You have probably heard the statistic that almost half of the abortions that occur each day in America are repeat abortions. In other words, almost every other woman walking into an abortion mill has had the procedure before.
But how many times before?
Of the abortions reported in 1999 to the Centers for Disease Control (CDC), 26.2% of women who aborted had experienced one previous abortion; 11.2% had two previous abortions, and 7.5% had three or more previous abortions. The situation may be even worse than this, because the reports that states make to the CDC are voluntary, and the largest abortion state, California, does not report. Forty-six states do report, and this led to a total count of 861,789 legal induced abortions in 1999. That means that in one year, by the most conservative data available, 64,634 abortions were performed on women who had had three or more previous abortions.
Why would a woman have multiple abortions?
Several factors can account for this. Dr. Philip Ney points out that pregnancy, like sleep, is a biorhythm. If you are awakened in the middle of the night, your body says, "Go back to sleep." Many who abort, therefore, feel the urge to get pregnant again. A biorhythm has been interrupted. Many want a "replacement" or "atonement" baby.
Yet once pregnant again, they realize (or someone else makes them realize) that the same circumstances that led to the first abortion are still in place. Hence, another abortion follows. Often the mother, pregnant the second time, thinks, "I aborted my first child. I'm not worthy of being a mother. I don't deserve this child." And she goes to the abortion mill. Repeat abortions are a sign of ambivalence, and at times of self-punishment.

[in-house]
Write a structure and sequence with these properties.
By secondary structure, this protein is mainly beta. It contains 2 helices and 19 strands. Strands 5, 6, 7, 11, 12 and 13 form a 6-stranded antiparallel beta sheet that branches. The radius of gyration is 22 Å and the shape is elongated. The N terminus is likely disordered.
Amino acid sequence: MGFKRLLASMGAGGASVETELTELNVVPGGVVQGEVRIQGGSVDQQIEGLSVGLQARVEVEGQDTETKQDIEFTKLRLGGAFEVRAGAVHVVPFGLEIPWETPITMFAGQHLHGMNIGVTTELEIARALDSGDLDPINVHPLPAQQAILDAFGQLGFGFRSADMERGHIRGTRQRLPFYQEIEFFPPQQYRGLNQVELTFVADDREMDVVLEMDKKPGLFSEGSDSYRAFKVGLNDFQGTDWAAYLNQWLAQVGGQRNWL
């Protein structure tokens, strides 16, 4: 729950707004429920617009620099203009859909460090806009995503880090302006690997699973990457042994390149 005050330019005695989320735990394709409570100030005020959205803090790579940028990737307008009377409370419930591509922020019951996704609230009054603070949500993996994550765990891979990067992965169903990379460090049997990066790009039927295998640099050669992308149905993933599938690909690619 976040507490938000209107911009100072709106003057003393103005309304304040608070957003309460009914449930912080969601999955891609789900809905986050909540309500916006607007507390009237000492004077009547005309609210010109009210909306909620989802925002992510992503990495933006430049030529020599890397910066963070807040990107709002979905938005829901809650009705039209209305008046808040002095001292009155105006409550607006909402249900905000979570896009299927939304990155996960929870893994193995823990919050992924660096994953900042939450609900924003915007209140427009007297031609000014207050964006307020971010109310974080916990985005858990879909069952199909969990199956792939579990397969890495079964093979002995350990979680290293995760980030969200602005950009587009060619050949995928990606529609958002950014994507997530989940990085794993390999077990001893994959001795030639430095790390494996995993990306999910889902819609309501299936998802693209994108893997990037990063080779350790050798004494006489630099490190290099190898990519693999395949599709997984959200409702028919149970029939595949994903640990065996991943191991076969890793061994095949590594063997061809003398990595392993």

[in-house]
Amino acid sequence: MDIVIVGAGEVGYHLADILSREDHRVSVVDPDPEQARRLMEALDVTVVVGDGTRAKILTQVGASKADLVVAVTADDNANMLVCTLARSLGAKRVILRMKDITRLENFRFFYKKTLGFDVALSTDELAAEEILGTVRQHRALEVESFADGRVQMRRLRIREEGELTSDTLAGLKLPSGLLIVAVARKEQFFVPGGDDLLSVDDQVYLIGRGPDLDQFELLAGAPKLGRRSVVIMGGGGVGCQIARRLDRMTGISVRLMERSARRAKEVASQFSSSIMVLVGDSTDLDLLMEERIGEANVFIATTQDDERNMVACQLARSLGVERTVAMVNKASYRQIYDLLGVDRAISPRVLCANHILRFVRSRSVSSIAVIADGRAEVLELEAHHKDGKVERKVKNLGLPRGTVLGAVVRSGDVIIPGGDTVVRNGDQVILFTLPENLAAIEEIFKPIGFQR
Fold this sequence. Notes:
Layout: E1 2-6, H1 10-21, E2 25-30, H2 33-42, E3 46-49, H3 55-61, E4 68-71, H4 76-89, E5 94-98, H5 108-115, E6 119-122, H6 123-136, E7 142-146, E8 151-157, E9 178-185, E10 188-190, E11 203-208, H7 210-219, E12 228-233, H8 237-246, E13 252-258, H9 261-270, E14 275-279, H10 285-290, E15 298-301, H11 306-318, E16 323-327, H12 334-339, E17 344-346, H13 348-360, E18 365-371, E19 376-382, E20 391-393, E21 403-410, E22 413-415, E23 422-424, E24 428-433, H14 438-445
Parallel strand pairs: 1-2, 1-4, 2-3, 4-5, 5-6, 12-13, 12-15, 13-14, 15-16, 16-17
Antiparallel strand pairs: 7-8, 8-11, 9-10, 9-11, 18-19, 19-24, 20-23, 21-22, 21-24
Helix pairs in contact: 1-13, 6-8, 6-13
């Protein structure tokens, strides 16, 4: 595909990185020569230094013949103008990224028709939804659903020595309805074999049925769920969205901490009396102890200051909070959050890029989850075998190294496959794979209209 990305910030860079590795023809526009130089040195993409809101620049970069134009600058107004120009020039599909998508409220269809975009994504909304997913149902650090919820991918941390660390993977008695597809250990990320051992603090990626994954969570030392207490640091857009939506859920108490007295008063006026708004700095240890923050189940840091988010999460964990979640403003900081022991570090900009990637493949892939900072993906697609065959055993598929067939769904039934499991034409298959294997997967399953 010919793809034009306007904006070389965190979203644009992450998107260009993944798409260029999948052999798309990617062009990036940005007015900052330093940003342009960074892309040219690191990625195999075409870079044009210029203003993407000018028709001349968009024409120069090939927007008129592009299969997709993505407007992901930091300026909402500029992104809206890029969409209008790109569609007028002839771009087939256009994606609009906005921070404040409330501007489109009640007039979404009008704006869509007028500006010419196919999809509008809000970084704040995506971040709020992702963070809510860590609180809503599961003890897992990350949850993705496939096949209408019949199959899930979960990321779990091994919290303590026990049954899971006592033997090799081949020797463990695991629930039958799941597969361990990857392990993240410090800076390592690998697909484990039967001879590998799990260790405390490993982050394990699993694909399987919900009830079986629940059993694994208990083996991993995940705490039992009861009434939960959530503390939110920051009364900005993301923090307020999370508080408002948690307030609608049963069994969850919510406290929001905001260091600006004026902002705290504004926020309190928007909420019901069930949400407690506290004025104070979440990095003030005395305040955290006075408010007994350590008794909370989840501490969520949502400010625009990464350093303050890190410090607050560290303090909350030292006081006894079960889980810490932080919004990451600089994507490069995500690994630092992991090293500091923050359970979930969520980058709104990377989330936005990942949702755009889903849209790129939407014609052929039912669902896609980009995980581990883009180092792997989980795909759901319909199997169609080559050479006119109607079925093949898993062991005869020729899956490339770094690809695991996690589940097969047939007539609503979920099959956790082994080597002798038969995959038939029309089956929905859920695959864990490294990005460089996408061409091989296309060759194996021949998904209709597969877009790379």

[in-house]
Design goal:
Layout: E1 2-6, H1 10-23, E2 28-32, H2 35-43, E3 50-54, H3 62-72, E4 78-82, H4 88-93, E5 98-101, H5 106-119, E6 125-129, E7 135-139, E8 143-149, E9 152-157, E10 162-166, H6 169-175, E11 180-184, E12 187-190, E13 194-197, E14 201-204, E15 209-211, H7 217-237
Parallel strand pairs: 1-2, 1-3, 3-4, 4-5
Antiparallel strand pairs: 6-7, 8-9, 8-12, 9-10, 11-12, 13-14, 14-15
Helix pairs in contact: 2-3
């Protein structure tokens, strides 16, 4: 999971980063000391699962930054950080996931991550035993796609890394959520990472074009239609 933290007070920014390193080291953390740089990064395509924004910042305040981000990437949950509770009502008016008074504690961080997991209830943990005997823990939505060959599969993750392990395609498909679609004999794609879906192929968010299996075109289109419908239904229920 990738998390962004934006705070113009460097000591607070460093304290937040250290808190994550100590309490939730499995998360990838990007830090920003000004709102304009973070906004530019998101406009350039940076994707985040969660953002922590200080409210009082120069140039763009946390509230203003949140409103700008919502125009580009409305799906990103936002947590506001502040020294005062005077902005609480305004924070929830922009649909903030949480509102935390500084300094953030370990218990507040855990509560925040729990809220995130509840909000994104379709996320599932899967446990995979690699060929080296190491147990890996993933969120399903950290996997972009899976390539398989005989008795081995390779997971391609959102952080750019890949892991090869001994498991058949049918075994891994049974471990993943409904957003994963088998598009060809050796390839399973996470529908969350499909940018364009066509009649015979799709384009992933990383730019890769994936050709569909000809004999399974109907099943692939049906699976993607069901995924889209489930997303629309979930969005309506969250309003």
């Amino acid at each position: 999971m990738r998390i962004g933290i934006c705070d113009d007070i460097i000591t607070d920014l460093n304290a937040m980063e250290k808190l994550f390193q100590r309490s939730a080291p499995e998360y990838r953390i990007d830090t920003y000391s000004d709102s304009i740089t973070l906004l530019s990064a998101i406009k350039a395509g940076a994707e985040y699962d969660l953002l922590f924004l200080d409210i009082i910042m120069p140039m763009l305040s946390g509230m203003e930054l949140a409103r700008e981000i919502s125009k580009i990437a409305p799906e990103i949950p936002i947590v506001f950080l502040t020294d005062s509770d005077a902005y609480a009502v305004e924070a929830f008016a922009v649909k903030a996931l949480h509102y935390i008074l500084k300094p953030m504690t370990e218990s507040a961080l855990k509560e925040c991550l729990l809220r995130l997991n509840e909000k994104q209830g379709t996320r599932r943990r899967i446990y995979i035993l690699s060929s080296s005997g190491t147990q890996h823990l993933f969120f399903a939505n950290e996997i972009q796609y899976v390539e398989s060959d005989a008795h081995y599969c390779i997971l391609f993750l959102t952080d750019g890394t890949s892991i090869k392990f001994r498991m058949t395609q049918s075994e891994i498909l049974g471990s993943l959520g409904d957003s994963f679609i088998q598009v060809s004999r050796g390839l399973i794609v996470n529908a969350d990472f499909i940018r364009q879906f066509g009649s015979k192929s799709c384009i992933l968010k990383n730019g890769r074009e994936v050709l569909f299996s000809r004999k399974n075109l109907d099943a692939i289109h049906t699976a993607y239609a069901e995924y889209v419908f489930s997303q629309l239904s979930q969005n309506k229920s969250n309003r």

Dr. Theresa Burke also explains, "Repeat abortions and replacement pregnancies are two common ways in which women reenact elements of their abortion trauma" (Forbidden Grief, p.110). As Dr. Ney puts it, "Tragedy is repeated not because we do not understand, but because we are trying to understand" (Deeply Damaged, p.118). In other words, an underlying conflict, perhaps created by a previous trauma, is unresolved. We find we cannot resolve it by simply replaying it in our minds. So we re-live it. This happens in many arenas of life. The sexually abused child may become seductive; the child who lacked touch and affection may seek an emotionally cold partner, and so forth. We repeat what we don't understand, in the hopes of mastering it.
Repeat abortions can be repulsive even to people who call themselves "pro-choice" and even to those who work in abortion mills. Sometimes our own reaction is an exasperated, indignant, "How can she do that??!!" But we should change the question and ask instead, "How can I help you to heal?" That question expresses the heart of the pro-life movement, a movement that knows that the destiny of mother and child are forever intertwined, and that we can't love one without loving the other.
Let the healing begin.